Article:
Meet Umair, Pakistan's very own child prodigy
"My school teacher does not ask me any questions because she knows that I’ll already know the answer."
Child prodigies are an eclectic bunch; being on the fast-track in the lane of life at such a tender age makes them so. Although, some go on to commit suicide, turn to crime and develop drink and drug problems, we remain irrevocably fascinated by them.
We are overcome by their childhood achievements and allured by the fame and recognition they bring to the family. Secretly we wish in the depths of our hearts that our children would also do the same.
However, what we fail to realise is the immense pressure that these kids are put under, the long hours that they spend studying and the sheer mental resilience and focus they develop to make their parents proud.
One such little boy who wants to make his daddy proud is Umair Liaquet. Born in a small village in the city of Sargodha, he came to England seven years ago when he was just three.
The bespectacled Umair is quite amused with all the attention he’s recently been getting. His local paper, Newham Recorder featured him on their front page two weeks ago, and now he is getting ready to be interviewed again.
Umair’s claim to fame is that he’s a math whiz. Last month, the 10-year-old sat his Maths GCSE higher tier exam and achieved an A. He scored an A on an exam which most students sit when they are 16-years-old.
Unlike his peers, he not only sat the exam five years early, but also plans to sit the A-level exam next year too so he can get a place at the University of Cambridge just like Arran Fernandez, the 15-year-old boy who became the youngest student at the prestigious world renowned university.
But just like the majority of Pakistanis he too wants to be a doctor or an engineer. He explains this with a glimmer in his eyes saying,
“I think I want to be an engineer because I like to use my imagination and find out how things are built. But I could become a doctor too because my dad wants me to be one.”
To this Umair’s father said,
“This is just a desire I have, as there is no one in our family who has ever become a doctor.”
I ask him how he feels about all of this, and he tells me that he felt tense when he went to the exam hall.
“I did feel a little awkward and nervous there because there were so many older people, and I was sitting all alone because I was an external student”
And I immediately know that I just witnessed the more vulnerable side of this boy - the little child hidden beneath the worldly brilliance.
Umair had to sit this exam externally because his own school did not allow him to take this plunge. So his father and older brother took him to Brampton Manor Academy.
But here is the twist to this heartfelt tale.
Umair plays PlayStation non-stop for eight hours a day; from the minute he comes home from school till the second he goes to bed.
“We certainly would not have known about his god-gifted talent had it not been for the PlayStation,”
His father admits wryly,
“I was worried that he plays on this machine as if he’s an addict. I just wanted a cure for his addiction.”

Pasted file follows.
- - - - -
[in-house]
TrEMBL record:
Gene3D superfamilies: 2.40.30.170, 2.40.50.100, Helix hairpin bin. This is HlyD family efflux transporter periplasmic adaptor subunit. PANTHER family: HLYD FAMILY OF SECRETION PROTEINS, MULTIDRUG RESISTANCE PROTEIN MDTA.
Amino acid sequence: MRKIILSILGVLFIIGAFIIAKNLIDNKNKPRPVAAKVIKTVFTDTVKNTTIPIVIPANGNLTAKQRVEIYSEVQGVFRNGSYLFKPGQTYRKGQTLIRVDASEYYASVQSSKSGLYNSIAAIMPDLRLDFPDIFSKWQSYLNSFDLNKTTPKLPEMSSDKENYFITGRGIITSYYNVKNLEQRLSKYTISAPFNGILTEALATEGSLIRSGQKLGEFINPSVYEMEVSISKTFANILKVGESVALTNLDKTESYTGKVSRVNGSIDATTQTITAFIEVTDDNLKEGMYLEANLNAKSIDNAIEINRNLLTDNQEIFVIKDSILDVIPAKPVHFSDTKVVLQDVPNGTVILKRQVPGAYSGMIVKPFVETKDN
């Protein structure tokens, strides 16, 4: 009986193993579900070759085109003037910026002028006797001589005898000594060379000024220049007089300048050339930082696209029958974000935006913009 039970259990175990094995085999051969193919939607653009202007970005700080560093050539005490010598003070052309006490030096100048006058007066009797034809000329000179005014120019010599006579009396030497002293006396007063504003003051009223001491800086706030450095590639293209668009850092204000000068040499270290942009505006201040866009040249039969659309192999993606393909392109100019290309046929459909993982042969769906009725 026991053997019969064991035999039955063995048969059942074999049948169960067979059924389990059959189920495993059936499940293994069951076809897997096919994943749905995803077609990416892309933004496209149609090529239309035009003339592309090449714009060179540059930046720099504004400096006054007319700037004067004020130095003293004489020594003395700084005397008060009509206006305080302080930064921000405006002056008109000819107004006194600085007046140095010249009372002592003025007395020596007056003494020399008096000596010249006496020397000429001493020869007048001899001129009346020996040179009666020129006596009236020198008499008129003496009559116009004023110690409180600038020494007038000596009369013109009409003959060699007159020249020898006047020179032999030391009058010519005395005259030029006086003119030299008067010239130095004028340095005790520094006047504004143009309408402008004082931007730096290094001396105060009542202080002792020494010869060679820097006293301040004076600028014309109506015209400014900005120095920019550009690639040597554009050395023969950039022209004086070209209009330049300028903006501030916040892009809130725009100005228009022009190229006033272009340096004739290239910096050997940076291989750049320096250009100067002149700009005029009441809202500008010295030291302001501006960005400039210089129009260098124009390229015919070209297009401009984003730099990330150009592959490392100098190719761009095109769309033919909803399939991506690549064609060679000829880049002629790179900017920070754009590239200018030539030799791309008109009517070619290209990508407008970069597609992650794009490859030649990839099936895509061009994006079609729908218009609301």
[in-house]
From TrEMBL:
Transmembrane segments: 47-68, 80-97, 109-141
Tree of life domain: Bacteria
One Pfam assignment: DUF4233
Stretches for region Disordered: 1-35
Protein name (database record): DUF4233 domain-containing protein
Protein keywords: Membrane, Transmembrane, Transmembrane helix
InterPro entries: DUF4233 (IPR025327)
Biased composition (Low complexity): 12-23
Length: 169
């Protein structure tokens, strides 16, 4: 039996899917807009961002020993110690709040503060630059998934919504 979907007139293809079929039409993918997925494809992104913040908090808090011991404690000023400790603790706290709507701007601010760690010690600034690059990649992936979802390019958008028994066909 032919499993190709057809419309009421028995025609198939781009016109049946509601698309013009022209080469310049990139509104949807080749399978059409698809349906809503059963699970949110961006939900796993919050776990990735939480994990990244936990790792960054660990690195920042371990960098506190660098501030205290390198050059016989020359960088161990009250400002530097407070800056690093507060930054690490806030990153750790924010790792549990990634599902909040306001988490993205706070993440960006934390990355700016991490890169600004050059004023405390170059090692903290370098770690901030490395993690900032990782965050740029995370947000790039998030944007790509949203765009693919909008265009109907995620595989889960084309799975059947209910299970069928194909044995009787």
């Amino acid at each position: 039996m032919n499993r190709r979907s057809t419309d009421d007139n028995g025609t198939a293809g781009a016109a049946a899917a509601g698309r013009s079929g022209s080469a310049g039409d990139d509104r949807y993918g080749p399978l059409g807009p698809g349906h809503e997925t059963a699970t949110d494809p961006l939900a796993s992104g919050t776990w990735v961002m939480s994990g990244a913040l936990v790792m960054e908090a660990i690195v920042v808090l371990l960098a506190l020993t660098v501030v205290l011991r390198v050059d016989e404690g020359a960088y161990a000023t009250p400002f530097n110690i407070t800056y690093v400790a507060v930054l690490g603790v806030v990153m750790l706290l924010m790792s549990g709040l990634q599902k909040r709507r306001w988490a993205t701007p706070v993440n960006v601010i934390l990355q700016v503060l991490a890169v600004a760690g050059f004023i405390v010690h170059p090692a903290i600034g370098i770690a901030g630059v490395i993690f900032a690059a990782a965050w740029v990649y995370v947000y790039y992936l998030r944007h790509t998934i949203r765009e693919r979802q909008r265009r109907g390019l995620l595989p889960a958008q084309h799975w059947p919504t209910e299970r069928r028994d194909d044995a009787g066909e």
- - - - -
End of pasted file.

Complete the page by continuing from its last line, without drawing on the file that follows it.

His father explained how he would scold Umair for playing video games day and night and severely instruct him to complete his work. To which Umair would reply,
“What work? There is none left. I’ve done all of it!”
“I would give him two exercises to finish off and he would come back and show me that he’s done two chapters,” says Aqeel in a proud and chuffed father’s voice.
“One day I was explaining polynomials to his sister, and she was having difficulty understanding and grasping the concept and along he came and explained and solved everything for her in no time at all.”
“If I prohibit him from playing, he becomes furious and does not speak to anyone. And since his mother is away in Pakistan, this makes me feel even sorry for him!”
Umair’s extraordinary abilities could also be attributed to genetics.
His father, Aqeel, an electrician in the UK is a double Math and Physics graduate who comes from a village where there were only two men who went to university. Umair’s older brother Hamza is also a scholarly virtuoso who is taking five A-level exams and aspires to become an aeronautical engineer from Cambridge.
I notice several instances when Umair does not seem very different from the young boys of his age. For instance, when he shows me the dire state of his book. Like most 10-year-olds his books are as messy as they can possibly be; they are completely and utterly inscribed in pen markings and every single page is dog-eared.
Or when his brother tells me how much Umair loves cats.
“He will stare out of the window for hours as if the cat is his girlfriend,” says Hamza trying to embarrass his younger sibling,
“And if he gets late for school, then we know that he must be lingering around some cat he has encountered on his way there.”
He tells me that he loves playing Borne Ultimatum, Modern Warfare, Call of Duty and FIFA. But when his father tries to stop him from playing some games, reminding and citing the age restrictions he blackmails him and says,
“Even the advanced exams were not for my age!”
I am intrigued at how he copes at school. But Umair does not seem troubled at all.
“My school teacher does not ask me any questions because she knows that I’ll already know the answer. And my friends don’t think I’m weird instead they just ask me to do all the questions for them,” he exclaims in that excited tone once again.
“I want to be famous!”
And I quietly think to myself that if he continues what he’s doing right now, very soon he will be!
Follow Anaam on Twitter @AnaamRaza.